Journal of High Energy Physics

, 2019:229 | Cite as

Symmetries, charges and conservation laws at causal diamonds in general relativity

  • Venkatesa Chandrasekaran
  • Kartik PrabhuEmail author
Open Access
gular Article - Theoretical Physics


We study the covariant phase space of vacuum general relativity at the null boundary of causal diamonds. The past and future components of such a null boundary each have an infinite-dimensional symmetry algebra consisting of diffeomorphisms of the 2-sphere and boost supertranslations corresponding to angle-dependent rescalings of affine parameter along the null generators. Associated to these symmetries are charges and fluxes obtained from the covariant phase space formalism using the prescription of Wald and Zoupas. By analyzing the behavior of the spacetime metric near the corners of the causal diamond, we show that the fluxes are also Hamiltonian generators of the symmetries on phase space. In particular, the supertranslation fluxes yield an infinite family of boost Hamiltonians acting on the gravitational data of causal diamonds. We show that the smoothness of the vector fields representing such symmetries at the bifurcation edge of the causal diamond implies suitable matching conditions between the symmetries on the past and future components of the null boundary. Similarly, the smoothness of the spacetime metric implies that the fluxes of all such symmetries are conserved between the past and future components of the null boundary. This establishes an infinite set of conservation laws for finite subregions in gravity analogous to those at null infinity. We also show that the symmetry algebra at the causal diamond has a non-trivial center corresponding to constant boosts. The central charges associated to these constant boosts are proportional to the area of the bifurcation edge, for any causal diamond, in analogy with the Wald entropy formula.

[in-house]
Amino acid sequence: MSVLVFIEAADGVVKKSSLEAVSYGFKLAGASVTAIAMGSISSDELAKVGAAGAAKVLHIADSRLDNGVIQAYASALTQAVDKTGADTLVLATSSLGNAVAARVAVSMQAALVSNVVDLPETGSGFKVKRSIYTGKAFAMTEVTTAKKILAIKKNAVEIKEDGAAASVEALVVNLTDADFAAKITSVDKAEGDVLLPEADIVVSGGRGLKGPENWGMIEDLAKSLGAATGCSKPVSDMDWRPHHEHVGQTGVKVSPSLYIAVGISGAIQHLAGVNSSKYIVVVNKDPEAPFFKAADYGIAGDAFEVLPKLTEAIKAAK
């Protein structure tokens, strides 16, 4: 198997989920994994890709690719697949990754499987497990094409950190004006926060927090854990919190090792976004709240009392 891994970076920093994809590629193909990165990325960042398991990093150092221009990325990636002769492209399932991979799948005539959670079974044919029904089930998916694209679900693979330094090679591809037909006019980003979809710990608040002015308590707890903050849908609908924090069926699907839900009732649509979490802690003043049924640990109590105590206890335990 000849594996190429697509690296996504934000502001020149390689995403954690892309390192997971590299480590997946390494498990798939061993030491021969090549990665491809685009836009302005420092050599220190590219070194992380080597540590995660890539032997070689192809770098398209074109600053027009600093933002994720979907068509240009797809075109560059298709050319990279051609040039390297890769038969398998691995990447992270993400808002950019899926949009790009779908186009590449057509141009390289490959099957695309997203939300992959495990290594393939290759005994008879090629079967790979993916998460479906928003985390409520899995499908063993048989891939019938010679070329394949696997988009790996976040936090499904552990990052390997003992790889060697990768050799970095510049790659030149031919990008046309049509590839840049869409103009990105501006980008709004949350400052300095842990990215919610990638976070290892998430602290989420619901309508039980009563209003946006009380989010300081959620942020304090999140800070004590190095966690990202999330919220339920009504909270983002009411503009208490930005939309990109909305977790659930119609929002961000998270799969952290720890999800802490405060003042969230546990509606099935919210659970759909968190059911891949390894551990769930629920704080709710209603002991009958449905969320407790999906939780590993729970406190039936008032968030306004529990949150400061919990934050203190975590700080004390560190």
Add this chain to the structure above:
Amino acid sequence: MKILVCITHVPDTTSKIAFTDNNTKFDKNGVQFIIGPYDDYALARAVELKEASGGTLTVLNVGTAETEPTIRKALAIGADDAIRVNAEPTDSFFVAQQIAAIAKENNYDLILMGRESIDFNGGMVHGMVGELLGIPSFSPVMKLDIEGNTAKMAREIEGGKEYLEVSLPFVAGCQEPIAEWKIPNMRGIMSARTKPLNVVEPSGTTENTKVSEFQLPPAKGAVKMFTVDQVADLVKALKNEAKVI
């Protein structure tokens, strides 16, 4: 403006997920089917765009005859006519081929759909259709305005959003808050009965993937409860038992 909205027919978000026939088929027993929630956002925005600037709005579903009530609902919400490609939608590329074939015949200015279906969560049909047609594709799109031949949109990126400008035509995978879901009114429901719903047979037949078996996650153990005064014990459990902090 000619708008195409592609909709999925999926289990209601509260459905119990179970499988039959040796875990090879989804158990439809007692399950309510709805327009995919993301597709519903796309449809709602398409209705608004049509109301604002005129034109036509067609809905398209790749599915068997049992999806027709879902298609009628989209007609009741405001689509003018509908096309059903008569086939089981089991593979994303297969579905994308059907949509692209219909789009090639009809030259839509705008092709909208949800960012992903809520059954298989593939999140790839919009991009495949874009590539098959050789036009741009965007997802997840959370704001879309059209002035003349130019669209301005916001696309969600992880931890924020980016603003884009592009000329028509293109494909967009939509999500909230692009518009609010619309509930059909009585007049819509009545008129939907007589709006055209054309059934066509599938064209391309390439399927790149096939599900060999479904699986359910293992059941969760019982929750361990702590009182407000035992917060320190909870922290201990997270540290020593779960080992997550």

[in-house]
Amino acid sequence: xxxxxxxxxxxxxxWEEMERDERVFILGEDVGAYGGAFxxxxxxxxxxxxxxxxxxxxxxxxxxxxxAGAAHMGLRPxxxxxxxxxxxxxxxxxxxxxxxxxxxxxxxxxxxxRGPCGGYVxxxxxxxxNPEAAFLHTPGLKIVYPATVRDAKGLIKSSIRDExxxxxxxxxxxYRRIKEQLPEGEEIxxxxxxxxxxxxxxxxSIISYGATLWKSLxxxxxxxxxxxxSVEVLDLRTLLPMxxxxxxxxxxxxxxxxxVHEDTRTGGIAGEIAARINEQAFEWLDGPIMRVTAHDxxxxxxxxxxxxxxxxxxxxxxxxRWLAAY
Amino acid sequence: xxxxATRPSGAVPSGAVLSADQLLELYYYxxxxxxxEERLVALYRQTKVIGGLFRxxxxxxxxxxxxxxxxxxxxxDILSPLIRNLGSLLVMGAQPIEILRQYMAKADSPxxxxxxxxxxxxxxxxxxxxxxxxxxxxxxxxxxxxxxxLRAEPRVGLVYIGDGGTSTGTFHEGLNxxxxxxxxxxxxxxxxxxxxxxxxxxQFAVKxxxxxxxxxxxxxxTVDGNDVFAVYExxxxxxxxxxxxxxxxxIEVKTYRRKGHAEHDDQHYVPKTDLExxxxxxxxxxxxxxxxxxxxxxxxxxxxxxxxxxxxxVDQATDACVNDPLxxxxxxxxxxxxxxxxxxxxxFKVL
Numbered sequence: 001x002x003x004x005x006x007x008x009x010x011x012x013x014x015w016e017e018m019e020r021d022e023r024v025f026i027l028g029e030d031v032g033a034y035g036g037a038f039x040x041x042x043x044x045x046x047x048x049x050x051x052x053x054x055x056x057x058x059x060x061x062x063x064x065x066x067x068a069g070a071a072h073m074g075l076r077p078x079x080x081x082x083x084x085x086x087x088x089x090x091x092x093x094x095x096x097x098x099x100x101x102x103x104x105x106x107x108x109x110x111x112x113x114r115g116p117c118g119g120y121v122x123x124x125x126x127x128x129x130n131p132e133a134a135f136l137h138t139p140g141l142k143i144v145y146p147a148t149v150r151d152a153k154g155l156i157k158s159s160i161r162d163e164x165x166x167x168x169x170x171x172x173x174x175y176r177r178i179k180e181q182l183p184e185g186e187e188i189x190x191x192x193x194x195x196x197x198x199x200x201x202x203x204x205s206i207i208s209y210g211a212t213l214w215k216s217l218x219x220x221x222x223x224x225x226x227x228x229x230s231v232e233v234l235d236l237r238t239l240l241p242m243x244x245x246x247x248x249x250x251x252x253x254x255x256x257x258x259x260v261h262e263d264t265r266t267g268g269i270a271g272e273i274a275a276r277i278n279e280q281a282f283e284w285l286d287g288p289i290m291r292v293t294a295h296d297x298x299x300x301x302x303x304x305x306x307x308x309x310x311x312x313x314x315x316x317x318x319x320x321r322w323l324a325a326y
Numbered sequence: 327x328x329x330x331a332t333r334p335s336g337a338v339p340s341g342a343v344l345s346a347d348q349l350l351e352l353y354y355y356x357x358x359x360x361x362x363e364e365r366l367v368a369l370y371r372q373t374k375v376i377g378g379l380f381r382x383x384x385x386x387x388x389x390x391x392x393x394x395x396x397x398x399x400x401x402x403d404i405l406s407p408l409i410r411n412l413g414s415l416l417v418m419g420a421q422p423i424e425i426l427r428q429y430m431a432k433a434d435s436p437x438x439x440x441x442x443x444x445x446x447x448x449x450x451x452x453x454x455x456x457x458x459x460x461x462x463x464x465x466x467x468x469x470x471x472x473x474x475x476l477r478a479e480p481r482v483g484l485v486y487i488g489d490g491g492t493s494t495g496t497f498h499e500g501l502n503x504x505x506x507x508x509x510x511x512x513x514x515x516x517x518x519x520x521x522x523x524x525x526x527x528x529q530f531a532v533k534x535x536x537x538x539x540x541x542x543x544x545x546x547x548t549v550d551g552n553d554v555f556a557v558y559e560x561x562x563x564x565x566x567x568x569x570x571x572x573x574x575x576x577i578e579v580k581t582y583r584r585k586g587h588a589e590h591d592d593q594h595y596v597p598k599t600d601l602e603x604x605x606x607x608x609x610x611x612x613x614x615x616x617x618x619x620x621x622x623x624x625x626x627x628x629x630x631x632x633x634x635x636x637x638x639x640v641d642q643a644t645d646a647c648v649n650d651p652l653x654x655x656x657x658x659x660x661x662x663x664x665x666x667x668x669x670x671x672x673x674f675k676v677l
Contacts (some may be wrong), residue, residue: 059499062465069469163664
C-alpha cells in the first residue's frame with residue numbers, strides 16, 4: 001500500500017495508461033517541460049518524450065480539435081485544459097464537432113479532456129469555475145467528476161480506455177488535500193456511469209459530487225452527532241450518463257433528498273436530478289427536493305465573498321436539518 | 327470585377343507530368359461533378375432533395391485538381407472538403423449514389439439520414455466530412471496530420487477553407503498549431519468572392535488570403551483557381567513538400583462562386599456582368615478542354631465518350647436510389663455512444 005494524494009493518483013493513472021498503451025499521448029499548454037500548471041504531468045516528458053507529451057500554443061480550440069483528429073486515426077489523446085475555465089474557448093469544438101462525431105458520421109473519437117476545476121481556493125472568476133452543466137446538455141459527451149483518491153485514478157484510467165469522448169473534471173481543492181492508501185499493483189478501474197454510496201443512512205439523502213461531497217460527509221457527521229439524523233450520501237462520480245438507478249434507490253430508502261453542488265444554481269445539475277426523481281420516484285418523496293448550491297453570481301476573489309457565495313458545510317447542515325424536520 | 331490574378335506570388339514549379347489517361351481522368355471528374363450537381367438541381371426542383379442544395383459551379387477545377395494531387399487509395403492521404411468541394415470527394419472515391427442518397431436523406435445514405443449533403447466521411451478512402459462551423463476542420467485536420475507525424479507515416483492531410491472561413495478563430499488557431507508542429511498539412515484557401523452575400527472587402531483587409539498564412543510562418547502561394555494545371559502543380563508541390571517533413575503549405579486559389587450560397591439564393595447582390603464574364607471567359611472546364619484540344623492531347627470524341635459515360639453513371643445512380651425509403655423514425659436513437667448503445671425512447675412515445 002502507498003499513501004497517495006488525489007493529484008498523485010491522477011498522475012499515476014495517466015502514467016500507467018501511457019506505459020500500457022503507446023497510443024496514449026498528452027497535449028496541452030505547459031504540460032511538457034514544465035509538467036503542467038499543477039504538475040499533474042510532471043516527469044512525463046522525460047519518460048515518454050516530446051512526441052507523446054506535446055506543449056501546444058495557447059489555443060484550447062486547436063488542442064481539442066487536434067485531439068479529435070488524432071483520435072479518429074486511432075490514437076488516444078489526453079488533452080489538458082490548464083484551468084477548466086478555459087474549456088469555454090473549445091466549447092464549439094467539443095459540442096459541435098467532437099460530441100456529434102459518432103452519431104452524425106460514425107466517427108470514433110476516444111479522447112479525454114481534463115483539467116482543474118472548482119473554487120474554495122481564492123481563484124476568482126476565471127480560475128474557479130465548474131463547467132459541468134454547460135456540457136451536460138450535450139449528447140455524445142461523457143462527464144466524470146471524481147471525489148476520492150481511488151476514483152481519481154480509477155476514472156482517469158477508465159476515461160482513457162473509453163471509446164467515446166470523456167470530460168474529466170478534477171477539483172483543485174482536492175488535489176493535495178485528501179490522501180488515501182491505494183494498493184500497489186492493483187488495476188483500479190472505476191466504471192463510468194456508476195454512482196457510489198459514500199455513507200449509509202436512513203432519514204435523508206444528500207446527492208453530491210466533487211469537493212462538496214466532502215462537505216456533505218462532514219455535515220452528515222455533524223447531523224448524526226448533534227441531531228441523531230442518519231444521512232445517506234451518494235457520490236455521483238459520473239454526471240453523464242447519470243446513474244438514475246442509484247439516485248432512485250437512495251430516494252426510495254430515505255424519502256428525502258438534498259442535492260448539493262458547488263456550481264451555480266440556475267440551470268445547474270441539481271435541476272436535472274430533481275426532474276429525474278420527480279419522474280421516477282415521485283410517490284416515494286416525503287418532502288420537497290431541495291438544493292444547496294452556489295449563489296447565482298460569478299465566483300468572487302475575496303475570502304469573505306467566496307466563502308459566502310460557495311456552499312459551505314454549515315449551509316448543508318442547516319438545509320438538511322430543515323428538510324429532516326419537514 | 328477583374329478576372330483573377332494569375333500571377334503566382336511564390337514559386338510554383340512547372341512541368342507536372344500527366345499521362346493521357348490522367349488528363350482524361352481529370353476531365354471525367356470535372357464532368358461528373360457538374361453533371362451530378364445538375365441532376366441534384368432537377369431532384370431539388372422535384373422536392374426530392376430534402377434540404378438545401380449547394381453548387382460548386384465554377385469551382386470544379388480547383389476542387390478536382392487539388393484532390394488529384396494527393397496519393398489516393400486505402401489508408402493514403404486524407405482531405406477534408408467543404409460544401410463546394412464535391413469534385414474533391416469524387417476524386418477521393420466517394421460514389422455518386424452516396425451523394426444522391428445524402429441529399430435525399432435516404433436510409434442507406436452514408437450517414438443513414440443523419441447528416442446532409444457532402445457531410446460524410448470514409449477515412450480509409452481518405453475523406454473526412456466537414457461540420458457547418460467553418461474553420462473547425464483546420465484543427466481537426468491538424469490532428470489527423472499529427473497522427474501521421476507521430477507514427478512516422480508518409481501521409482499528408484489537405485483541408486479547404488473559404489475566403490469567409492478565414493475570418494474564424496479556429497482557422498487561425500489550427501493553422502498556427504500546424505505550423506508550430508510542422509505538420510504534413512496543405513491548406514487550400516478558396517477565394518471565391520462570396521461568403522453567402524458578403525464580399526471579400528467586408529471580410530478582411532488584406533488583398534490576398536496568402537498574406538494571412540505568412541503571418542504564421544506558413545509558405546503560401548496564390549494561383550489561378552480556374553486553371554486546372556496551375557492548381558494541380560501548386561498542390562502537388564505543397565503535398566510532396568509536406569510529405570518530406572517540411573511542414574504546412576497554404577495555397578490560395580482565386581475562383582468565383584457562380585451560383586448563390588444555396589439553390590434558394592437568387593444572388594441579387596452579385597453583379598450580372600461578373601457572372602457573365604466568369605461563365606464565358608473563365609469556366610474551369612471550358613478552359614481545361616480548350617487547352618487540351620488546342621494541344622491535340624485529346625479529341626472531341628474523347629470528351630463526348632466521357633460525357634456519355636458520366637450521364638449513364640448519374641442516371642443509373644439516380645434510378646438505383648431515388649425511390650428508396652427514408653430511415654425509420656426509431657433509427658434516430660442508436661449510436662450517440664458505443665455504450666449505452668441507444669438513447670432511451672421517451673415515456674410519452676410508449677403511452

Classical Theories of Gravity Space-Time Symmetries 


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Copyright information

© The Author(s) 2019

Authors and Affiliations

  1. 1.Center for Theoretical Physics and Department of PhysicsUniversity of CaliforniaBerkeleyU.S.A.
  2. 2.Cornell Laboratory for Accelerator-based Sciences and Education (CLASSE)Cornell UniversityIthacaU.S.A.

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